An arc of chronic war stretches from Central and East Africa across the Middle East, the Balkans, Caucasia, and South Asia, skipping over to the Koreas. Potentially explosive “volcanoes” such as Kosovo, Hezbollah, Israel, Iran, and Pakistan rumble and sputter with threats, alarms, and fears. Any eruption of all-out war in the Middle East and South Asia would most likely expand into a true world war.

With such final unleashing of long pent-up hostilities the possibility of nuclear, biological, and chemical weapons of mass destruction remain high. Such violence will delay the establishment of a democratic world government. In fact, it may well speed up the development of a one-world dictatorship to suppress such mass destruction by force.

Democratic world government will negate this threat of war and tyranny. And as I’ve pointed out in earlier articles our choice is not between reclaiming national sovereignty versus world government but what kind of world government will we choose? World government is coming, like it or not, but will it be democratic?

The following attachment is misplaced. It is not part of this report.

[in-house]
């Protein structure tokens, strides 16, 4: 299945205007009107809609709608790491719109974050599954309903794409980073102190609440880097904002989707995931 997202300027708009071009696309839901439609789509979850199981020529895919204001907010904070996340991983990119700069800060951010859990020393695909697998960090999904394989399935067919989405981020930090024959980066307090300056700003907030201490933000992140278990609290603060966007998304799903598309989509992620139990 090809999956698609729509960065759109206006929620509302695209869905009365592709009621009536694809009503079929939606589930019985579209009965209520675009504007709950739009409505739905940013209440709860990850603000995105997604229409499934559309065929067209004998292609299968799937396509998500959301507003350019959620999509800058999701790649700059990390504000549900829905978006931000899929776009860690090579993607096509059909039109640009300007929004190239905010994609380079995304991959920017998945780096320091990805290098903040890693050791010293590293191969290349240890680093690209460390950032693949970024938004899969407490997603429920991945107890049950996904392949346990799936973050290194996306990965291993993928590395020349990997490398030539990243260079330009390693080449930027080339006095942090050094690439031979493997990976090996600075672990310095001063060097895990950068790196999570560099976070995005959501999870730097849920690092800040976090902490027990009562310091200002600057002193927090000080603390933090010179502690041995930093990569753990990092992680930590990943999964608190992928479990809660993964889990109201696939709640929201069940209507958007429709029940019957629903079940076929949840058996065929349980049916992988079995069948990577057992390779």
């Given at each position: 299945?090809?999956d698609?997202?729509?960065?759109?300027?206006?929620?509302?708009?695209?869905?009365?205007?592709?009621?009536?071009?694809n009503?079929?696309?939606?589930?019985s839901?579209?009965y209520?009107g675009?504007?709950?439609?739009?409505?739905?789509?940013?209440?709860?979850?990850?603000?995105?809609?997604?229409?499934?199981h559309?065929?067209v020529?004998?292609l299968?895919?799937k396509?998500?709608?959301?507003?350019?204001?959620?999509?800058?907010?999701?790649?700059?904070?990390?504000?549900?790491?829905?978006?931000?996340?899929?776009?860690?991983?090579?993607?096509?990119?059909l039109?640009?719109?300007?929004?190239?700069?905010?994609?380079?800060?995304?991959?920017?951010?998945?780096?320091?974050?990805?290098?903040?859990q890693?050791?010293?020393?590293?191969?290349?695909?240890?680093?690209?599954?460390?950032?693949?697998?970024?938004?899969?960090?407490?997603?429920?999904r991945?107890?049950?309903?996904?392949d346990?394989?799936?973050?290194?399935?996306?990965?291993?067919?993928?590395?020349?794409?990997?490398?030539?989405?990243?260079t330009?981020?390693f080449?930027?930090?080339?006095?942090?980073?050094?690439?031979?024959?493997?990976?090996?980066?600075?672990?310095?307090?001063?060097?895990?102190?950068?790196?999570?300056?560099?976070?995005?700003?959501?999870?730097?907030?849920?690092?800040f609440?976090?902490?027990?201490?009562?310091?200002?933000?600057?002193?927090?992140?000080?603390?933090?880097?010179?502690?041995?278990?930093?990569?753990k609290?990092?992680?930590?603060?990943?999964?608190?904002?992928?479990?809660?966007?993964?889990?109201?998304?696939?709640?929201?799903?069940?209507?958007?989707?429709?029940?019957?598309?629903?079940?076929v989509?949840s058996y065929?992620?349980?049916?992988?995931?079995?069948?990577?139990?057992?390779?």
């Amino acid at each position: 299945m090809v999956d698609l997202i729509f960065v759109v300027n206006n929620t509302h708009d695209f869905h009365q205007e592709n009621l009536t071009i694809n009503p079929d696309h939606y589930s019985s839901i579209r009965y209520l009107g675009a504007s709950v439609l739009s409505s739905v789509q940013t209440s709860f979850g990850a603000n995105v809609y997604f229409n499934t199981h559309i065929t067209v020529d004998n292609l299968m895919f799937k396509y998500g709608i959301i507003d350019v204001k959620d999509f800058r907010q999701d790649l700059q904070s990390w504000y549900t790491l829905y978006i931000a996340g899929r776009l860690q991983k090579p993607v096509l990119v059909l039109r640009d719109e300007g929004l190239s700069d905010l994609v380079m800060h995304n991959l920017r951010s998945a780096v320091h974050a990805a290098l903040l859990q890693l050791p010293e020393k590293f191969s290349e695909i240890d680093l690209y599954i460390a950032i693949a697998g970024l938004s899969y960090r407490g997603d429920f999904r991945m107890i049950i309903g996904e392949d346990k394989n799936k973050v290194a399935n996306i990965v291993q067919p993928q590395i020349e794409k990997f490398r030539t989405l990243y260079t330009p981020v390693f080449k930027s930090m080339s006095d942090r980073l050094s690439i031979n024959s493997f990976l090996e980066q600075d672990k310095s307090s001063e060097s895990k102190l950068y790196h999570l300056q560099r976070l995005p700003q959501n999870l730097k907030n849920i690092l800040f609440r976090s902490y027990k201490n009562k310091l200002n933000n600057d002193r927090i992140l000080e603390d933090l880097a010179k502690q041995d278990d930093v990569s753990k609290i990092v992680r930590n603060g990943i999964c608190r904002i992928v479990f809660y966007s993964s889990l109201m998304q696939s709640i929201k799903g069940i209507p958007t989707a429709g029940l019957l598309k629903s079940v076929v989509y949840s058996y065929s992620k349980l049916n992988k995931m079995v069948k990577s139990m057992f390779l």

Not only do we have the challenges of nuclear weapons, regional and world wars, but the additional challenges of global climate disruption and a global economic recession. Both are serious challenges not well understood and, in the case of global warming, even believed by many people. It will take a united planetary response to resolve these challenges successfully. But will it be a democratic one? My stand is that we help make it so.

One pragmatic way to advance the grass roots stand for democratic world government is to vote in and vote “Yes!” in the Global Referendum for Democratic World Parliament. It simply asks, “Do you support the creation of a directly-elected, representative, and democratic world parliament?”

American President Barack Obama, as current head of the U.N. Security Council, concluded, “This is not about singling out an individual nation. International law is not an empty promise, and treaties must be enforced.”